What To Expect When You Sign Up For An Online Course

Ken Reimer, director of the University of New Brunswick’s UNB Online sees online learning and face-to-face classroom learning as “fundamentally equivalent, but different.”No matter where you live, or how busy your schedule, online courses allow you to work toward a credential at your convenience.

First time participants in online learning often have questions about how it all works and how online or e-learning differs from the traditional classroom experience.

Ken Reimer, director of the University of New Brunswick’s UNB Online sees the two as fundamentally equivalent, but different.

“Interacting with others face-to-face is a benefit to learning in a traditional classroom, but these days people are comfortable with making online connections. Many students consider online exchanges just as effective as meeting in person. Ten years ago, connecting with someone virtually may not have felt so real as it does today,” said Reimer.

Reimer and the staff at UNB Online are striving to increase the ‘engagement-factor’ of online learning, and they utilize a number of skills and tools to make this happen.

“Multimedia technology—graphics, animations, movies, sound files, streaming video, PowerPoint presentations, and such are used to create a dynamic environment for learning.”

There is opportunity for social interactions between student and instructor, as well as with fellow students.

“Learners often develop a rapport by exchanging personal info, photos, and their own personal web pages”.

There is consideration of various learning styles and learning needs.

“Activities are diverse and appeal to various personality types. There are activities where the student actually does a physical activity, rather than listening to a lecture or merely watching a demonstration. Active learning might also include discussions, chats, journals, case studies, interviews with experts in the field, and reporting on functions or activities completed,” said Reimer.

Communication and assessment are essential elements of learning and online learners can expect to receive, and give, feedback to both instructors and peers. Self-assessment and reflection are regular activities in an online environment.

Apart from the dynamic and diverse learning environment, a key advantage of taking courses online is the flexibility.  This is especially true for non-traditional students who are unable to come to campus for reasons such as geographical distance or scheduling.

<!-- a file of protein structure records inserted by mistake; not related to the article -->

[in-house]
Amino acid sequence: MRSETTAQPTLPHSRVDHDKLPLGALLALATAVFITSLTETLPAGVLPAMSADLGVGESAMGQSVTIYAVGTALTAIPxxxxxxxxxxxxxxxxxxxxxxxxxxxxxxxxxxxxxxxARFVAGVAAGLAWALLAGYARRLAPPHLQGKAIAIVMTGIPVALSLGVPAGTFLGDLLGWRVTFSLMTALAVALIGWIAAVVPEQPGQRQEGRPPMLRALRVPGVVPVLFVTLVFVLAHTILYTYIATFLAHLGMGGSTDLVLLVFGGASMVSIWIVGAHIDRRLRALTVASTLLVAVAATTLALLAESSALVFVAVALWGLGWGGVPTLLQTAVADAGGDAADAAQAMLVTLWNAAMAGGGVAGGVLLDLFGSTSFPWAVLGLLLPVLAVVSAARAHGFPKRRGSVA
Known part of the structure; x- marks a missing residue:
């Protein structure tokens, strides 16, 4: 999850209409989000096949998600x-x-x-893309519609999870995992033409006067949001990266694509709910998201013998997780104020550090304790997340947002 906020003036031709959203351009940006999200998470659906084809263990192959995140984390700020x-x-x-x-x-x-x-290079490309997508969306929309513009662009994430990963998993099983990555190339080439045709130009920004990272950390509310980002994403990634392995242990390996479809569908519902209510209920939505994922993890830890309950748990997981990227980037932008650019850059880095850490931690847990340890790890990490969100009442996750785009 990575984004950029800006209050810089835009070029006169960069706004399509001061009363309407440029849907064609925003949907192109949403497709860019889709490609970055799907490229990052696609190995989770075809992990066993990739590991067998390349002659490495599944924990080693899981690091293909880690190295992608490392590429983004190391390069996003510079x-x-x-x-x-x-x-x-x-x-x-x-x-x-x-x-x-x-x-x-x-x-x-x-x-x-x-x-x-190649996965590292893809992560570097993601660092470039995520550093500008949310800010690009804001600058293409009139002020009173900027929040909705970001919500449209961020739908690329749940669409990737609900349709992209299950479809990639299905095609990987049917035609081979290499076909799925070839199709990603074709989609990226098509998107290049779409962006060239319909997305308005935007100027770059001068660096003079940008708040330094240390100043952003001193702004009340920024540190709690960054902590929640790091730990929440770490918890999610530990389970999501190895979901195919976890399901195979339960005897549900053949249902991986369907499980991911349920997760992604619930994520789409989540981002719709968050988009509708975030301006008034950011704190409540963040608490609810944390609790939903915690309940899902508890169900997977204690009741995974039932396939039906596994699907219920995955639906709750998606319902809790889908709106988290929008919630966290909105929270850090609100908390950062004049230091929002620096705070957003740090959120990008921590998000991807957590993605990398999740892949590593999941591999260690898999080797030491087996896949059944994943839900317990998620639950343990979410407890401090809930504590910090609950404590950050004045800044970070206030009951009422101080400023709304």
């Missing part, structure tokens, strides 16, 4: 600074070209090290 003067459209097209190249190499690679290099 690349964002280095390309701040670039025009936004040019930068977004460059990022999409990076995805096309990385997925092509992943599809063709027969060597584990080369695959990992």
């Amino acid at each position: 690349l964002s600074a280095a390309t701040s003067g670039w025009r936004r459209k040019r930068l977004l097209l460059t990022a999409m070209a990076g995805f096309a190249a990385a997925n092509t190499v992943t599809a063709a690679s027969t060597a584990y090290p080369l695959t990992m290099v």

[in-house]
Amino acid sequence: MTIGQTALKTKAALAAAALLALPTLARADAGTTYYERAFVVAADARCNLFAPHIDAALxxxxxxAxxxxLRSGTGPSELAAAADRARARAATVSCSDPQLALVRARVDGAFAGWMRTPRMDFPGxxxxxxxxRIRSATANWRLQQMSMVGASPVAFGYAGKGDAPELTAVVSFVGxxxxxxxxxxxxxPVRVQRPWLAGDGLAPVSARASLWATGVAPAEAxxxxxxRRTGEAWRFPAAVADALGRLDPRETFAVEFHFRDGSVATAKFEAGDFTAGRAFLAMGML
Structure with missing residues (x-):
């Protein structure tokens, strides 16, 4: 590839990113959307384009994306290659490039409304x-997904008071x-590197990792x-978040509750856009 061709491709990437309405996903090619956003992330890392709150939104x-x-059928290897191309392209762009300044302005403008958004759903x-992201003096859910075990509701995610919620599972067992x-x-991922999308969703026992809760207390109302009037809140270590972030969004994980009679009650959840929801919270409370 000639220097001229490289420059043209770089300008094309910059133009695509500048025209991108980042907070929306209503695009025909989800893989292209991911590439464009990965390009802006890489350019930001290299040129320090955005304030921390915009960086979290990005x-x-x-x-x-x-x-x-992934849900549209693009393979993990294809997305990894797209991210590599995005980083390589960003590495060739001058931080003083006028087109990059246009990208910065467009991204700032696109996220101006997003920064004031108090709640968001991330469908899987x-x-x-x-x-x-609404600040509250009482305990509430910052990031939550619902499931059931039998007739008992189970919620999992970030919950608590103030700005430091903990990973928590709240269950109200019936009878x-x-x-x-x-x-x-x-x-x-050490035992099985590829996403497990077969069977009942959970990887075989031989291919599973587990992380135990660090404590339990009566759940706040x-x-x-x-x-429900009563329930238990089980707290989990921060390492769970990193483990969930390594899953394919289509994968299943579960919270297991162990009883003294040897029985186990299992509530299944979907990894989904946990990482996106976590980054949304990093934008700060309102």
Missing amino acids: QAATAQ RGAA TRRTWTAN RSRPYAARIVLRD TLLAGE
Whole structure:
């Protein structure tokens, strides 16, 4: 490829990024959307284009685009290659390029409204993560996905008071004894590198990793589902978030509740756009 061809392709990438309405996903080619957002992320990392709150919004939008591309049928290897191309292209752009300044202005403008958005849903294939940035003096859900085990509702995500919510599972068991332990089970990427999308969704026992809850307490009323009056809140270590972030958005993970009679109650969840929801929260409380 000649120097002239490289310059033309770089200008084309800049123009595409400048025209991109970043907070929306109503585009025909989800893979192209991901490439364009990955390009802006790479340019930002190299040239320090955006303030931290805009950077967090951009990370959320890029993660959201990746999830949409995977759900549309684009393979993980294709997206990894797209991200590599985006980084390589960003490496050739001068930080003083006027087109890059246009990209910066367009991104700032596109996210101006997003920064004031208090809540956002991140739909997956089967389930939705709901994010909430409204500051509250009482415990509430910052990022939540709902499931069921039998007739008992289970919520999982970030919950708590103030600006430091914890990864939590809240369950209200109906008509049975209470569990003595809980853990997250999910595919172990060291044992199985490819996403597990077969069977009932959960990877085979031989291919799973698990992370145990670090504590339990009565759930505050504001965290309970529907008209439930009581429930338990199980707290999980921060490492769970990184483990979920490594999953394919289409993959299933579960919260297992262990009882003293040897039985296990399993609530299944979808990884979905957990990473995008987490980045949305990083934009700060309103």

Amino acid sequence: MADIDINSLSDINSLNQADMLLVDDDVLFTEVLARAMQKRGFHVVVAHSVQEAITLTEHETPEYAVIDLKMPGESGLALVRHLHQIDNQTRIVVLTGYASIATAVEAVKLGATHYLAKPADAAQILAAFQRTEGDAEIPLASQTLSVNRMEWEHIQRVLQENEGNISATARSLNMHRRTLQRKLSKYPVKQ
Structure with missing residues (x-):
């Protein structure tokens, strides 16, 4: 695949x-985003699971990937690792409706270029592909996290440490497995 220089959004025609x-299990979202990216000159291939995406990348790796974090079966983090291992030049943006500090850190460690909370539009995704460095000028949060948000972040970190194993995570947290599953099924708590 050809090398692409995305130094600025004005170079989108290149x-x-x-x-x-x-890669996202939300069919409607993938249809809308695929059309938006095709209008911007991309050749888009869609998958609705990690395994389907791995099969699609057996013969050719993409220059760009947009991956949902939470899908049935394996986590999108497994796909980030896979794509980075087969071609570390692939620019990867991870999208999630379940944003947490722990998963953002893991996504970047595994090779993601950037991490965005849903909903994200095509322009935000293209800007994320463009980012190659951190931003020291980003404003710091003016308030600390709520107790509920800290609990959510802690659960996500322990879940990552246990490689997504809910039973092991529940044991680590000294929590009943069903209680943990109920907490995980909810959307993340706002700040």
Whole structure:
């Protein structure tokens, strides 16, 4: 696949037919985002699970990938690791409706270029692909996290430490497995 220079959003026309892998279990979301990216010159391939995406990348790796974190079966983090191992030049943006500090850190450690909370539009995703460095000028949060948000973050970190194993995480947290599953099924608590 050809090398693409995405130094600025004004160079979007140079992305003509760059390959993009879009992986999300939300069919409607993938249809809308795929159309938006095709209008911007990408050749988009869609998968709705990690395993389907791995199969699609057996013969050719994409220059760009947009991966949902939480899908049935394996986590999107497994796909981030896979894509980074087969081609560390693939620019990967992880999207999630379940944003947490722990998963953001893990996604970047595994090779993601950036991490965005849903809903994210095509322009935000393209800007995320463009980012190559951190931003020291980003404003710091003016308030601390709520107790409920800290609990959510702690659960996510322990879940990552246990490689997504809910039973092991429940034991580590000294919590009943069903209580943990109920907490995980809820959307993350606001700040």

Jason McBride is working toward his Certificate in Adult Education. He is enrolled in five classes, four of which are online.

“The appeal to taking online courses is that I don’t have to adhere to a set time that I need to spend three hours in a classroom,” said McBride.

He admits that one of the challenges of online learning is the self-motivation.

“I really have to structure my day and carve out a time to work on my classes, but the upside is being able to stay home with our small children. We save on daycare expenses and it is good for them to be home as well.”

UNB Online and the College of Extended Learning (CEL) provide many courses and programs online providing both accessibility and flexibility in helping non-traditional students reach their goals.

Certificates in Adult Education, Leadership and Civic Responsibility, Occupational Health and Safety, a Diploma in Technology Management and Entrepreneurship, and a Master of Education are available in online format. In addition, there are over 80 online courses in various disciplines, including arts, business, engineering, economics, English, history, political science, psychology, statistics, and more.

The demand for online courses and programs continues to increase and CEL and UNB Online are working in partnership with faculties and various public and private organizations to create more courses and programs to meet the needs of non-traditional students and the educational needs of today’s workforce.

For more information, visit www.unb.ca/cel/online or contact UNB Online directly online@unb.ca or 506-453-4913.

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